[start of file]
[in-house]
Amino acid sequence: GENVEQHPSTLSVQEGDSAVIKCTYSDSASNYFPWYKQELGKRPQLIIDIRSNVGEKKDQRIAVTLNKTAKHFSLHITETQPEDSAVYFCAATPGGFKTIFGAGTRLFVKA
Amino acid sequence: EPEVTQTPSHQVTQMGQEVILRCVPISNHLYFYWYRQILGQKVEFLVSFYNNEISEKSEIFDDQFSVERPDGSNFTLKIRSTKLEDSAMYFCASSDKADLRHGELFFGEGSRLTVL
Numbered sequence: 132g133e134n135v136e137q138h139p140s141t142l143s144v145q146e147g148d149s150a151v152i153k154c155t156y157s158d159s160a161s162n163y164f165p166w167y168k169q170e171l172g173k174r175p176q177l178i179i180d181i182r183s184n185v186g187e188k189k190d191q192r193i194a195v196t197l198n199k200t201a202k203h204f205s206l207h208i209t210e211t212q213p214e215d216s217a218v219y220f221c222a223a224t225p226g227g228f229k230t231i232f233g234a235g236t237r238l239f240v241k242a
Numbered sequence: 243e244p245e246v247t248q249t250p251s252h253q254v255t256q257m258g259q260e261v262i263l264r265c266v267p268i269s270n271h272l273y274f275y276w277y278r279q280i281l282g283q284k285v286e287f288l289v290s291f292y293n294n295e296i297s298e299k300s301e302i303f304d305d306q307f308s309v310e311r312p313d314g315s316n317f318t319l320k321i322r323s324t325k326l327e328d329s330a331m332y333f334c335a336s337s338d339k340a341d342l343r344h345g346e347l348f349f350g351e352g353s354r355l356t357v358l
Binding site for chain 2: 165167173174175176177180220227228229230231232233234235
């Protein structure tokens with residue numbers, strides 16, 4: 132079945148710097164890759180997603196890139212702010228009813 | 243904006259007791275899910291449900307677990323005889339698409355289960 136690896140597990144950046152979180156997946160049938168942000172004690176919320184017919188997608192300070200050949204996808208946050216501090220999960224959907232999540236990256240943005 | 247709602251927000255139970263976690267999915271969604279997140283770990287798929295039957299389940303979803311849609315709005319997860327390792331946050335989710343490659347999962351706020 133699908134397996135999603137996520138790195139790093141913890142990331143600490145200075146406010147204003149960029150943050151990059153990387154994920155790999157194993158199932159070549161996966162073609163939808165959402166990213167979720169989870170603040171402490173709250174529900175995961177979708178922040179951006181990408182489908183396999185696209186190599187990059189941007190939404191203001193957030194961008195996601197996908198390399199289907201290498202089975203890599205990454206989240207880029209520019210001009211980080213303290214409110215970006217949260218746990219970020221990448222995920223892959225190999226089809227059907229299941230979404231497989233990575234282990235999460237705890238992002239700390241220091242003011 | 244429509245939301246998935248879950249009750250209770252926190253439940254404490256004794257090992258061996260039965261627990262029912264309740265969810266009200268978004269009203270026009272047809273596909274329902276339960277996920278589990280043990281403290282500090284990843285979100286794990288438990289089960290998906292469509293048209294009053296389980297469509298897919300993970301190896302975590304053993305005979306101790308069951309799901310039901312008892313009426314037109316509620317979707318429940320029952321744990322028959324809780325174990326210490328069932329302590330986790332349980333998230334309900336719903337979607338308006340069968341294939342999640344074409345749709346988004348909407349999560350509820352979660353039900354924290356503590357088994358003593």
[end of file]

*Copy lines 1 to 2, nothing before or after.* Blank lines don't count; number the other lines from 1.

[in-house]
Amino acid sequence: GENVEQHPSTLSVQEGDSAVIKCTYSDSASNYFPWYKQELGKRPQLIIDIRSNVGEKKDQRIAVTLNKTAKHFSLHITETQPEDSAVYFCAATPGGFKTIFGAGTRLFVKA